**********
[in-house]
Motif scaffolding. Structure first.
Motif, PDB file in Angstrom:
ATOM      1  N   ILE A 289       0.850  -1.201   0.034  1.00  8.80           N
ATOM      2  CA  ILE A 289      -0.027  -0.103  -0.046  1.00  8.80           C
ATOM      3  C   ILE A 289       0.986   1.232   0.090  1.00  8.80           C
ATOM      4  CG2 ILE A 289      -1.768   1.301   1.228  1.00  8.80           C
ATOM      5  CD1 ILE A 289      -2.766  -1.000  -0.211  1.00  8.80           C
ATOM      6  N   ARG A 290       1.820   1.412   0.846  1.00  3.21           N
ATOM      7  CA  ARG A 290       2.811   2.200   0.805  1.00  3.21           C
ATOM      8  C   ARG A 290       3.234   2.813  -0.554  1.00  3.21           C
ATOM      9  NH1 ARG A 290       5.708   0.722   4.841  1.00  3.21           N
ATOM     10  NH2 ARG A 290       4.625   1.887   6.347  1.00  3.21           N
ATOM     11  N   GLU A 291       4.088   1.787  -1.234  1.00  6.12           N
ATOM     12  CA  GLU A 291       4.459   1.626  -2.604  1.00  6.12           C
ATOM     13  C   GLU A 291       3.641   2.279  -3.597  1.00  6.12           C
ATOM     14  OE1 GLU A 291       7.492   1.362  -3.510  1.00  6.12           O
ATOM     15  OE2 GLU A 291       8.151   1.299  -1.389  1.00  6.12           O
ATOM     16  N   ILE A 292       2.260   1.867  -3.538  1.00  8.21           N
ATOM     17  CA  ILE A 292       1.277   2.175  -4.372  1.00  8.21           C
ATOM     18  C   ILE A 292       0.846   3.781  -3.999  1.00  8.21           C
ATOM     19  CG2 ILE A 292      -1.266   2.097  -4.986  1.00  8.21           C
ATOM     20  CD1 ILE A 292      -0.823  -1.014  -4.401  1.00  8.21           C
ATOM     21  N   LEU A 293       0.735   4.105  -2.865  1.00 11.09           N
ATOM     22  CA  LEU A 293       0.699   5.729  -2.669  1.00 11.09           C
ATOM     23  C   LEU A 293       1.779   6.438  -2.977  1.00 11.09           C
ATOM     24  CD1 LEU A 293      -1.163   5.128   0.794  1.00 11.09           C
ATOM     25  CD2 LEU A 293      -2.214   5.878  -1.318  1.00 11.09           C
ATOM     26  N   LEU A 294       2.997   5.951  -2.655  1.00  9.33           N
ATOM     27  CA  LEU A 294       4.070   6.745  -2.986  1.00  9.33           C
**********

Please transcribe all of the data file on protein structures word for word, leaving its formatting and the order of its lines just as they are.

[in-house]
Motif scaffolding. Structure first.
Motif, PDB file in Angstrom:
ATOM      1  N   ILE A 289       0.850  -1.201   0.034  1.00  8.80           N
ATOM      2  CA  ILE A 289      -0.027  -0.103  -0.046  1.00  8.80           C
ATOM      3  C   ILE A 289       0.986   1.232   0.090  1.00  8.80           C
ATOM      4  CG2 ILE A 289      -1.768   1.301   1.228  1.00  8.80           C
ATOM      5  CD1 ILE A 289      -2.766  -1.000  -0.211  1.00  8.80           C
ATOM      6  N   ARG A 290       1.820   1.412   0.846  1.00  3.21           N
ATOM      7  CA  ARG A 290       2.811   2.200   0.805  1.00  3.21           C
ATOM      8  C   ARG A 290       3.234   2.813  -0.554  1.00  3.21           C
ATOM      9  NH1 ARG A 290       5.708   0.722   4.841  1.00  3.21           N
ATOM     10  NH2 ARG A 290       4.625   1.887   6.347  1.00  3.21           N
ATOM     11  N   GLU A 291       4.088   1.787  -1.234  1.00  6.12           N
ATOM     12  CA  GLU A 291       4.459   1.626  -2.604  1.00  6.12           C
ATOM     13  C   GLU A 291       3.641   2.279  -3.597  1.00  6.12           C
ATOM     14  OE1 GLU A 291       7.492   1.362  -3.510  1.00  6.12           O
ATOM     15  OE2 GLU A 291       8.151   1.299  -1.389  1.00  6.12           O
ATOM     16  N   ILE A 292       2.260   1.867  -3.538  1.00  8.21           N
ATOM     17  CA  ILE A 292       1.277   2.175  -4.372  1.00  8.21           C
ATOM     18  C   ILE A 292       0.846   3.781  -3.999  1.00  8.21           C
ATOM     19  CG2 ILE A 292      -1.266   2.097  -4.986  1.00  8.21           C
ATOM     20  CD1 ILE A 292      -0.823  -1.014  -4.401  1.00  8.21           C
ATOM     21  N   LEU A 293       0.735   4.105  -2.865  1.00 11.09           N
ATOM     22  CA  LEU A 293       0.699   5.729  -2.669  1.00 11.09           C
ATOM     23  C   LEU A 293       1.779   6.438  -2.977  1.00 11.09           C
ATOM     24  CD1 LEU A 293      -1.163   5.128   0.794  1.00 11.09           C
ATOM     25  CD2 LEU A 293      -2.214   5.878  -1.318  1.00 11.09           C
ATOM     26  N   LEU A 294       2.997   5.951  -2.655  1.00  9.33           N
ATOM     27  CA  LEU A 294       4.070   6.745  -2.986  1.00  9.33           C